One evidence that “Red Sea” is the correct translation and the correct body of water is found in the Greek Septuagint from 200 B.C. This is the earliest translation of the Hebrew Bible known, and the words yam suph are consistently translated with the Greek words eruthros thalassa or “Red Sea” (see Acts 7:36; Hebrews 11:29). Therefore, the historical evidence is that these words in the Bible do refer to the actual Red Sea and not some lesser body of water. Further evidence comes from the context of the passages themselves. First, the sea had to be deep enough to drown the Egyptian army and destroy their chariots. Those liberal scholars who want to say this is referring to some shallow, marshy area have to throw out the context of the passages or believe that a whole Egyptian army can be drowned in a couple of feet of water. Also, in 1 Kings 9:26 we see King Solomon building a fleet of ships on the shore of the Rea Sea in the land of Edom—hardly practical if the body of water known as the Red Sea is merely a marshy area or small shallow lake. Clearly, the body of water yam suph refers to can be none other than the Red Sea.
The context of the passages and the way the words yam suph have been translated throughout history make it clear that the Israelites did indeed cross the Red Sea, a 1,350-mile-long body of water extending from the Indian Ocean. In some places, the Red Sea is more than 7,200 feet deep and more than 100 miles wide. While the Israelites would have crossed the Red Sea in what is now known as the Gulf of Suez, this is the large body of water God supernaturally parted, and He used it to destroy the Egyptian army and allow the Israelites to pass safely through, just as the Scriptures describe.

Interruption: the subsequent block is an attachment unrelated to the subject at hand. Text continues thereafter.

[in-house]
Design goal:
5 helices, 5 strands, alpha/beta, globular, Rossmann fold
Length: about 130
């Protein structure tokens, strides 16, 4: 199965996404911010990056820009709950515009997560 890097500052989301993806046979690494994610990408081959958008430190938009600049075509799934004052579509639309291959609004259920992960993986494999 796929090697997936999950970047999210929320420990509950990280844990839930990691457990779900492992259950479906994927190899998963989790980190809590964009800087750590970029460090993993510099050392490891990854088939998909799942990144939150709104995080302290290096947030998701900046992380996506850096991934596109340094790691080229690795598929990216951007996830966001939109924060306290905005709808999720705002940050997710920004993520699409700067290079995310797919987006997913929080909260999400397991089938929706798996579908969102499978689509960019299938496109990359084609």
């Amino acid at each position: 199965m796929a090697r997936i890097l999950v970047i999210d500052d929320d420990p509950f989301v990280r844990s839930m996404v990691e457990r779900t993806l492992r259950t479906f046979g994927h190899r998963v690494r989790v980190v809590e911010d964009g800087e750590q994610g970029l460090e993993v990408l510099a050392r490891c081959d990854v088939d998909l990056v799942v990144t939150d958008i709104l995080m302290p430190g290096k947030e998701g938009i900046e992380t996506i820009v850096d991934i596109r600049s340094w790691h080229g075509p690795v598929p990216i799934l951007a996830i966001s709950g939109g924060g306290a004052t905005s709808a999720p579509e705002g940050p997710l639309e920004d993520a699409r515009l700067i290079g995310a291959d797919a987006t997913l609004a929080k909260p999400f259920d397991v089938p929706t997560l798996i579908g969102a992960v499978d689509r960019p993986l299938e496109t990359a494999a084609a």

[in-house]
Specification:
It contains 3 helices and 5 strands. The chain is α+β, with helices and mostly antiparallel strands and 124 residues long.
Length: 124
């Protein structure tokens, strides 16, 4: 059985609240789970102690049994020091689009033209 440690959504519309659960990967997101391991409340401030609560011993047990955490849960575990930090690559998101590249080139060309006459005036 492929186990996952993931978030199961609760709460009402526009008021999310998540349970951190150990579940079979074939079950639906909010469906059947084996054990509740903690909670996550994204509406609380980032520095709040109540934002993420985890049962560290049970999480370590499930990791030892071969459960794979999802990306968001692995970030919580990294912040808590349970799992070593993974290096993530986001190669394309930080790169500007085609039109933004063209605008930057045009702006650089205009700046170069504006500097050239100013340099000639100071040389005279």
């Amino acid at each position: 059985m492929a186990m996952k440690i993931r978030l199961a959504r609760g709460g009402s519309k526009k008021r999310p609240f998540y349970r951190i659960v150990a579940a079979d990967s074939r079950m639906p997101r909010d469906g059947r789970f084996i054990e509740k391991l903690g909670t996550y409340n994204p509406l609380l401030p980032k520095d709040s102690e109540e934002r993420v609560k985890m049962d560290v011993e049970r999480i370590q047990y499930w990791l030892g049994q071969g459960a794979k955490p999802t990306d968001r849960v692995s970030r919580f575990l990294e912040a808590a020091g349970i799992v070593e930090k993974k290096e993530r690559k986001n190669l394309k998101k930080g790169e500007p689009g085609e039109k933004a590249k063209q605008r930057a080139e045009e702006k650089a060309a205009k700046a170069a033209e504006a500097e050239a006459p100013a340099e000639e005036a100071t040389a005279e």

For a technical Jewish explanation of the term “Red Sea” see the article, Tzarich Iyun: The Translation of “Yam Suf”, written Rabbi Dr. Ari Zivotofsky:
Exodus 15:1-21-In celebration and worship, Moses and the people sang this song to the LORD. Miriam and a group of women were singing, dancing and playing timbrels (and instrument similar to a tambourine). Verse 21 was probably a refrain that was sung by Miriam at intervals during the song.
Exodus 15:22-24-After three days of travel they have found no water. They arrived at Marah, traditionally located 47 miles to the southeast of the modern town of Suez, and set up camp. They had anticipated finding water good for drinking here…but it was “bitter” (unacceptable for drinking purposes). The Hebrew word “bitter” is “mar” and the place was name “Marah”. The people "grumbled at Moses". How quickly the people have forgotten the power of God...the miracles in Egypt and the Red Sea. Why not trust God for water? Surely, if God can control the waters of the Red Sea…then He can provide water for His people. Why do we need for God to prove Himself over and over, again? Instead, why don’t we transfer what we have learned about God in one situation and the faith that we received from that incident…to another situation? This is already the second time that the people have spoken out against Moses (14:10-12).
Exodus 15:25-26-God directed Moses to a particular tree and had him throw it into the water…when he did so, the water became “sweet” (having a good flavor). Then God established His “test”…His stipulations, requirements of what was necessary in order for Him to provide for them, to bless them. He was saying, “Obey Me and I will not put the diseases on you that I put on the Egyptians”...because "I, the LORD, am your healer." The word “healer” is from the Hebrew “rapha”, meaning “to heal, to sew together, to mend”. It is used 67 times in 62 verses in the Old Testament.
Prayer: Lord, help me to transfer faith in You from one incident to another. Help me to learn that You are not just sovereign over one incident, and then another…one incident at a time. But help me to have faith that You are sovereign over all things and every thing.